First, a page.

As a result of the NEPA holding, in the D.C. district court at least, rules promulgated under ESA section 4(d) are not automatically exempt from NEPA. Federal defendants attempted to achieve this result by relying on a 1983 USFWS policy that exempts from NEPA routine actions associated with section 4(a) rules. The policy lists exempt 4(a) actions as listings, delistings, reclassifications, and critical habitat designations.[32] Despite the lack of any reference to 4(d), a federal district court in California held in 2005 that 4(d) rules were also exempt from NEPA as a matter of law. Judge Sullivan rejected that court’s reasoning and the federal defendants’ associated arguments. His holding is in line with multiple appellate decisions and D.C. district court decisions in which courts have held that various ESA actions require NEPA review, including consultations, incidental take statements, and critical habitat designations.[33]

Federal defendants also argued that the 4(d) rules were exempt from NEPA because they’re subject to APA notice-and-comment rulemaking procedures. The Court rejected this argument as well, noting that under this approach, any APA rulemaking would be exempt from NEPA, and “[a]n exception of such staggering breadth would render NEPA meaningless.”[34]

The Court also rejected federal defendants’ final NEPA argument—that the rule is not a major federal action under NEPA because it does not change the regulatory status quo, leaving the existing MMPA and CITES management regime in place. The Court refused to allow the USFWS to shortcut the NEPA process in this way, and instead required it to determine—through an EA—whether a FONSI or EIS is appropriate.

Conclusion

The question “at the heart” of the polar bear litigation and the larger debate over whether the ESA has a role to play in GHG regulation, remains outside the judicial purview: “whether the ESA is an effective or appropriate tool to address the threat of climate change – is not a question that this Court can decide based upon its own independent assessment, particularly in the abstract. The answer to that question will ultimately be grounded in science and policy determinations that are beyond the purview of this Court.”[35]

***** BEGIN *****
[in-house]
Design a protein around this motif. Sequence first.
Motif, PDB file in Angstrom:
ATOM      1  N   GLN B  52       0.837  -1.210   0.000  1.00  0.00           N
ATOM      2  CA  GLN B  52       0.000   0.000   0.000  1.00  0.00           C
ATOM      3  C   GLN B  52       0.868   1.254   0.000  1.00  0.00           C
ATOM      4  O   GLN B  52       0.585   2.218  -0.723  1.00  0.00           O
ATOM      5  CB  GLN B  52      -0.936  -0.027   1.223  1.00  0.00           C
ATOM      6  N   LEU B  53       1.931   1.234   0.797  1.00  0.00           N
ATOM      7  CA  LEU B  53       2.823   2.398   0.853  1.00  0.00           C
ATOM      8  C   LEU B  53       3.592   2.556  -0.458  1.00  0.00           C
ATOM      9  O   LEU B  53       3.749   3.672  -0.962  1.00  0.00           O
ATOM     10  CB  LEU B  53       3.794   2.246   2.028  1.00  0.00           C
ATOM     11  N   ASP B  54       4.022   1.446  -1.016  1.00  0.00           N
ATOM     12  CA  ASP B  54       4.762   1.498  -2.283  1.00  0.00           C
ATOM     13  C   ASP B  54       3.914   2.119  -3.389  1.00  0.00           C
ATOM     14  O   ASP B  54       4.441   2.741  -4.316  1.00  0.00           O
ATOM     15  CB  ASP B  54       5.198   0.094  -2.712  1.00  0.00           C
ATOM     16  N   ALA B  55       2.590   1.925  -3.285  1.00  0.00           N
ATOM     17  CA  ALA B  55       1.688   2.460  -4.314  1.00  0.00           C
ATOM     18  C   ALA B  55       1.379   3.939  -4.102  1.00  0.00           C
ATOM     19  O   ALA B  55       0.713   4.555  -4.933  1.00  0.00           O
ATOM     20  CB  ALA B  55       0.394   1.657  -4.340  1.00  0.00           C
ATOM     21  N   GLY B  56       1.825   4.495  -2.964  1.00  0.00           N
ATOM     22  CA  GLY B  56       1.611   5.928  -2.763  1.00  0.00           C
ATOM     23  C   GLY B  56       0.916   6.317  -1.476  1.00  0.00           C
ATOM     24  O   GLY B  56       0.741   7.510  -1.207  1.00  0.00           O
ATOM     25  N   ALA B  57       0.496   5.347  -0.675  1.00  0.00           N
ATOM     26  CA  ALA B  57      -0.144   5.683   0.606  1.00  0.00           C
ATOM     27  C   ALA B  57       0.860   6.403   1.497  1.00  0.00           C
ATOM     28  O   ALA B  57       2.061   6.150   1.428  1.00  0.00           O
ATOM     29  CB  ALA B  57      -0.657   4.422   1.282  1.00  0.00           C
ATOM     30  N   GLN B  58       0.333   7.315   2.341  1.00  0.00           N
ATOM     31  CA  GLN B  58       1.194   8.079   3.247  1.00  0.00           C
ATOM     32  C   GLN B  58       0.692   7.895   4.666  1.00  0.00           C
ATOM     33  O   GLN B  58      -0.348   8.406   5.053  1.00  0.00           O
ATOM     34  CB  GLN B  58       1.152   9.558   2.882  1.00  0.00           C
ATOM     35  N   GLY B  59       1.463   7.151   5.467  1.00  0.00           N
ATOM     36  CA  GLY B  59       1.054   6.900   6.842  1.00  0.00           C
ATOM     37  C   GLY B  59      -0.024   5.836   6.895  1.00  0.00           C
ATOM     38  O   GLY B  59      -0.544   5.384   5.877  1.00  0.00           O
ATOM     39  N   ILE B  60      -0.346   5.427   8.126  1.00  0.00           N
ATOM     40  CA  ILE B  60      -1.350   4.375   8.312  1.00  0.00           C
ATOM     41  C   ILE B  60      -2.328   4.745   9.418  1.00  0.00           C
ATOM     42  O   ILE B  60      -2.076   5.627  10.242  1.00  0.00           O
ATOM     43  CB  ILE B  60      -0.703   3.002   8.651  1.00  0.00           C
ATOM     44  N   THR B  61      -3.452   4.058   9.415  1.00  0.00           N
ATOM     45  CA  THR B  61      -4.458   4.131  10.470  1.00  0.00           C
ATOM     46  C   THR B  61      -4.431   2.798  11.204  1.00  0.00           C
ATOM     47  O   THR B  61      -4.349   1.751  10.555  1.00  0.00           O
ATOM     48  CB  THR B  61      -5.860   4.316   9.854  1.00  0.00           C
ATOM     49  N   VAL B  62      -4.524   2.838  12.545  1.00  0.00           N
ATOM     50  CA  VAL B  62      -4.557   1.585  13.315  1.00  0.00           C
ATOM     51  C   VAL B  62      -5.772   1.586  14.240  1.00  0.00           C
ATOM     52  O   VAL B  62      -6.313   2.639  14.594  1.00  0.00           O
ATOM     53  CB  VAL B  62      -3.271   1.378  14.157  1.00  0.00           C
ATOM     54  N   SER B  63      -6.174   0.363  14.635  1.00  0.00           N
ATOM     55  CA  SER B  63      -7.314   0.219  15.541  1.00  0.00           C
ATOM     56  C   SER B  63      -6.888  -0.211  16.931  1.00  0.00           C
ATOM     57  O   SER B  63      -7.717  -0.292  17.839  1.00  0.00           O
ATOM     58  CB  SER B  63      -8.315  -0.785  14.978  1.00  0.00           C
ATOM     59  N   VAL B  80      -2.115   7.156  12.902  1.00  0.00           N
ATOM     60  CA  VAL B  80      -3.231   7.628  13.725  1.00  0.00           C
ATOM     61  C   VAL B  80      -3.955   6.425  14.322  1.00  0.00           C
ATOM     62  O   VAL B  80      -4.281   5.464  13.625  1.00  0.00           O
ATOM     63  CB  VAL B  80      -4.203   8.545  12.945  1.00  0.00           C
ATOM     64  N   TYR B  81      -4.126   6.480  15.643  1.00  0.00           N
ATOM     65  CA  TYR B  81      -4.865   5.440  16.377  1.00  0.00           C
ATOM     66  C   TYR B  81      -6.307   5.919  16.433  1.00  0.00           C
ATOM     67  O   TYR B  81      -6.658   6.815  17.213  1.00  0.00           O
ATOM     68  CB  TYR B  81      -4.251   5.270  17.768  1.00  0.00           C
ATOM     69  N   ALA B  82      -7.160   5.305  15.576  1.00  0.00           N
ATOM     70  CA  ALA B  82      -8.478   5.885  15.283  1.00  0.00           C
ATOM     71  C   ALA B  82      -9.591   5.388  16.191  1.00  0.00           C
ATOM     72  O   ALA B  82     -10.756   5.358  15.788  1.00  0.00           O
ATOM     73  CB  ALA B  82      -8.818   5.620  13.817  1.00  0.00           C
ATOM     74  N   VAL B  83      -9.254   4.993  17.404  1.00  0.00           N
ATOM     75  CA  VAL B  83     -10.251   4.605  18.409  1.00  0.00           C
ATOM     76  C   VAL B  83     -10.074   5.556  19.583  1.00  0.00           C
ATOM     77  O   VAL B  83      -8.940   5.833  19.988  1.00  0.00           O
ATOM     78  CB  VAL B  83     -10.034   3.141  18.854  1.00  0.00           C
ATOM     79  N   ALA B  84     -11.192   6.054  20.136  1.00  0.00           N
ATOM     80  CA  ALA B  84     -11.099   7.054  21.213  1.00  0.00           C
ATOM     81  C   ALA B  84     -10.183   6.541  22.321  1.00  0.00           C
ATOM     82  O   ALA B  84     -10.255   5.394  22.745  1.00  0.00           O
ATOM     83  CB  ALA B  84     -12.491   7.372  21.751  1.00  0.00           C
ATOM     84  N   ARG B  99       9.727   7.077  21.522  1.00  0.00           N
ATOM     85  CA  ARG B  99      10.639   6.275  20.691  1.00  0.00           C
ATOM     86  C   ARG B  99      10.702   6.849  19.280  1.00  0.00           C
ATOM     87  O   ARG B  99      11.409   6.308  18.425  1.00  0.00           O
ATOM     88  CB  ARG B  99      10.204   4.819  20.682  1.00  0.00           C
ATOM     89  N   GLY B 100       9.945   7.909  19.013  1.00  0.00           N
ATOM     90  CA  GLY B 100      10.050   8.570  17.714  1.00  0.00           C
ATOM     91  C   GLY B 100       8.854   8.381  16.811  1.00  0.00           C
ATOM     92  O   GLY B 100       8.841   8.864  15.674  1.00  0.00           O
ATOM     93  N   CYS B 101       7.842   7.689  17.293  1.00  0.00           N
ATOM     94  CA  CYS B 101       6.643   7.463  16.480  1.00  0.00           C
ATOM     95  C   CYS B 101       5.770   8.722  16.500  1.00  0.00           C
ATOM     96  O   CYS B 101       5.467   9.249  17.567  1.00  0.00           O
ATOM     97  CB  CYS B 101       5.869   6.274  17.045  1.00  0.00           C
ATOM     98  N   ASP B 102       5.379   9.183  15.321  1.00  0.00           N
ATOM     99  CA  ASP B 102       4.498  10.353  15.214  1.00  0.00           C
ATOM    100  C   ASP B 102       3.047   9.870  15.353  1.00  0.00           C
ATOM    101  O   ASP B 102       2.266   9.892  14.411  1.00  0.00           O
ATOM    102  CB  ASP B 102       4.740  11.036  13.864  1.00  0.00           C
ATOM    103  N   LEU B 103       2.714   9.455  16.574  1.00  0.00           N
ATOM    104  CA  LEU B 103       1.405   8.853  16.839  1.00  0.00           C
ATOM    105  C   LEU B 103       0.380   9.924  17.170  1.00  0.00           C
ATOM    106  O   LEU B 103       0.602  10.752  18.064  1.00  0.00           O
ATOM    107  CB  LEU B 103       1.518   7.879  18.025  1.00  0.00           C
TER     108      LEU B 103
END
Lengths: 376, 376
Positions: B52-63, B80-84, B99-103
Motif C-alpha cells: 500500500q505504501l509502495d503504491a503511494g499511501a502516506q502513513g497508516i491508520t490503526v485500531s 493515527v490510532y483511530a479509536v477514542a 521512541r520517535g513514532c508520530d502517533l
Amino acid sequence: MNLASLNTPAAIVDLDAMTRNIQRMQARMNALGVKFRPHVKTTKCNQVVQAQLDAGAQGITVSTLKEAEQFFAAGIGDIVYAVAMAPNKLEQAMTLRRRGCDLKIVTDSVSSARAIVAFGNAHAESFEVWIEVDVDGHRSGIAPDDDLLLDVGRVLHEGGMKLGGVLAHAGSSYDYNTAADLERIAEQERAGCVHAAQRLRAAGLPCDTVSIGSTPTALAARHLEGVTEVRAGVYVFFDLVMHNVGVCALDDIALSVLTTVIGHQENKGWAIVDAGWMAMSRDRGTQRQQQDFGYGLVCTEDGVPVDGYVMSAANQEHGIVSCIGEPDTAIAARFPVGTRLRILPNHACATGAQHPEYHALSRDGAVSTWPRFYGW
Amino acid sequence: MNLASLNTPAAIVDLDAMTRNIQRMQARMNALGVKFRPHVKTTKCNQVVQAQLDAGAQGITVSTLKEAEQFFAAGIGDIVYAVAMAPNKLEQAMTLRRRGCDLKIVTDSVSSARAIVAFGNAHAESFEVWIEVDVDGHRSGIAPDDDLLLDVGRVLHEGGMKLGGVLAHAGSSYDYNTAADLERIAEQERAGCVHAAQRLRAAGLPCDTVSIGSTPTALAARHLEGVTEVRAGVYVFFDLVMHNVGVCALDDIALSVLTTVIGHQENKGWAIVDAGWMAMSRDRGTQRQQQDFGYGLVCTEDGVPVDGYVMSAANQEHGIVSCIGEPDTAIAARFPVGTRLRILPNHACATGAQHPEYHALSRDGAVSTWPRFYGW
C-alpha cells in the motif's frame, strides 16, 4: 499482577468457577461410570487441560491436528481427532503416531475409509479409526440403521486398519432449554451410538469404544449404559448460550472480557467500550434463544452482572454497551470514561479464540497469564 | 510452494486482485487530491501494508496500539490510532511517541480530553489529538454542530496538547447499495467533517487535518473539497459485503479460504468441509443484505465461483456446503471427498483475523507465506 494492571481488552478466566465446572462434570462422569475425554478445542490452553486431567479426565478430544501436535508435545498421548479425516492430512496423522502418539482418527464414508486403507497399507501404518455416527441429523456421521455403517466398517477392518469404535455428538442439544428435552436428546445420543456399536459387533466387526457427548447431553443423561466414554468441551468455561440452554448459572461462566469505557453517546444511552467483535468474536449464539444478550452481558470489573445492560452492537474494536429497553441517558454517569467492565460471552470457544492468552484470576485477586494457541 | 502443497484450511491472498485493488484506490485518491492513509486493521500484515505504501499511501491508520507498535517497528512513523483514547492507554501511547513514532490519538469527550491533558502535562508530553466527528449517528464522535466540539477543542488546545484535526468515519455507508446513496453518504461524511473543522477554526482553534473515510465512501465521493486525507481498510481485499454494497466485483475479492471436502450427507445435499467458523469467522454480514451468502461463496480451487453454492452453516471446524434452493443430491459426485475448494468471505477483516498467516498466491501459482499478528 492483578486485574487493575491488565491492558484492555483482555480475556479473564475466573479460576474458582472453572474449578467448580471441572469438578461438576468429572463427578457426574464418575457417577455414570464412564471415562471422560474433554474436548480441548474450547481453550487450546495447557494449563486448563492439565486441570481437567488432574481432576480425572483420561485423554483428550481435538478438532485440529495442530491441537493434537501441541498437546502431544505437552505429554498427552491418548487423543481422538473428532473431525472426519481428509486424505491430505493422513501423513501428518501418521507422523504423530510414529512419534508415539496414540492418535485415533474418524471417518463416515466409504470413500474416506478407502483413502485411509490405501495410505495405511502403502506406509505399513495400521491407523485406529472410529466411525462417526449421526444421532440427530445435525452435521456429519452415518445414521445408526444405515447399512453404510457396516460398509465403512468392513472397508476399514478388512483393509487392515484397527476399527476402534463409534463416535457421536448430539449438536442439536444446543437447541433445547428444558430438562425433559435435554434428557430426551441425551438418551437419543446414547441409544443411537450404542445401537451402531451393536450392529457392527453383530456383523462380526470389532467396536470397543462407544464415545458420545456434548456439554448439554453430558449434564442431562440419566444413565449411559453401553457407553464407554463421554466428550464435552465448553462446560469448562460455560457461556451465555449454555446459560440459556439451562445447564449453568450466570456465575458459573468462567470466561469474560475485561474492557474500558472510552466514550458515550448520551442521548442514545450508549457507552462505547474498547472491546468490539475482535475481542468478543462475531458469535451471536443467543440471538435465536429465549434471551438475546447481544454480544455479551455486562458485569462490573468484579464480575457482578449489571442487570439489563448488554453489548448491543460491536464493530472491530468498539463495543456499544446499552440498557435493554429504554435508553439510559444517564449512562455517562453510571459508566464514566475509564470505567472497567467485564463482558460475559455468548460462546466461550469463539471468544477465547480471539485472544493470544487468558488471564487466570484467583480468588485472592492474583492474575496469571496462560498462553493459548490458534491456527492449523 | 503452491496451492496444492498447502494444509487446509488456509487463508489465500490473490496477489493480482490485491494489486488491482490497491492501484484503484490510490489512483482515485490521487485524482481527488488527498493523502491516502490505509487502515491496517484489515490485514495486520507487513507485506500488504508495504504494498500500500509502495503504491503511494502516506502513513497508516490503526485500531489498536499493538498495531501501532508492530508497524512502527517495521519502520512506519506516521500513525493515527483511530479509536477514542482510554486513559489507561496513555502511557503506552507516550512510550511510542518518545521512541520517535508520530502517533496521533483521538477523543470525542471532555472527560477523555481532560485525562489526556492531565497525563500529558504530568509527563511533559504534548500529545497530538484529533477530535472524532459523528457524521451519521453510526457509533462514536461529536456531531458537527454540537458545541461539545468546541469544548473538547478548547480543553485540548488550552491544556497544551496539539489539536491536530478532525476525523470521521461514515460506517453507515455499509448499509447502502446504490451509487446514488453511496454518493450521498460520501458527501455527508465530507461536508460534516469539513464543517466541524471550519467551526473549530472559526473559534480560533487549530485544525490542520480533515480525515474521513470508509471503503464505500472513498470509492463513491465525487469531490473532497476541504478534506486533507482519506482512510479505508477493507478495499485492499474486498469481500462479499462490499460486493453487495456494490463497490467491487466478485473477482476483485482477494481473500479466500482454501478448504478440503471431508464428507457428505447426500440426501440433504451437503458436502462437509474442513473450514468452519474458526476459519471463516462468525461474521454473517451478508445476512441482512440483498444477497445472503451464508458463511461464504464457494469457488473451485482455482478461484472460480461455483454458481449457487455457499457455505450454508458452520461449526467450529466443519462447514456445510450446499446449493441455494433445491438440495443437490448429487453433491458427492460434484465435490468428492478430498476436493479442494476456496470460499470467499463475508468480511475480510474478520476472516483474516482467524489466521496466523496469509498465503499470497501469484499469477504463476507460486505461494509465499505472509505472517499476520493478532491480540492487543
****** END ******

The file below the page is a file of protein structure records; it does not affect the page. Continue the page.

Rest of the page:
In the 4(d) element of the polar bear case, the next significant development will be the Service’s NEPA review. If the USFWS issues a FONSI, then the final 4(d) rule will be reinstated and the status quo will continue until voluntary or litigation-driven regulatory change occurs. If the Service decides it must prepare an EIS, then it will likely delve deeper into climate change impacts and perhaps sources; but again—because NEPA is a procedural statute that mandates review but no particular substantive result—the issuance of such a document may not bring major changes either. Only a statutory or regulatory amendment or policy reversal, supported by science that apparently does not yet exist, would be likely to significantly change the manner in which the USFWS addresses climate change threats to listed species.

For more information, contact Jessica Ferrell or any other member of Marten Law’s Climate Change, Natural Resources, or Environmental Permitting practice groups.

[1] The same day, Judge Sullivan also rejected a challenge brought by hunting groups seeking the green light to import polar bear carcasses into the United States. See In re Polar Bear Endangered Species Act Listing and § 4(d) Rule Litigation, No. 08-764, Dkts. 280, 281 (D.D.C. issued Oct. 17, 2011).

[2] CBD, Statement of Conservation Groups on Court Ruling Regarding Endangered Species Act Protection for Polar Bears (Oct. 17, 2011) (statement of John Hocevar, oceans director at Greenpeace).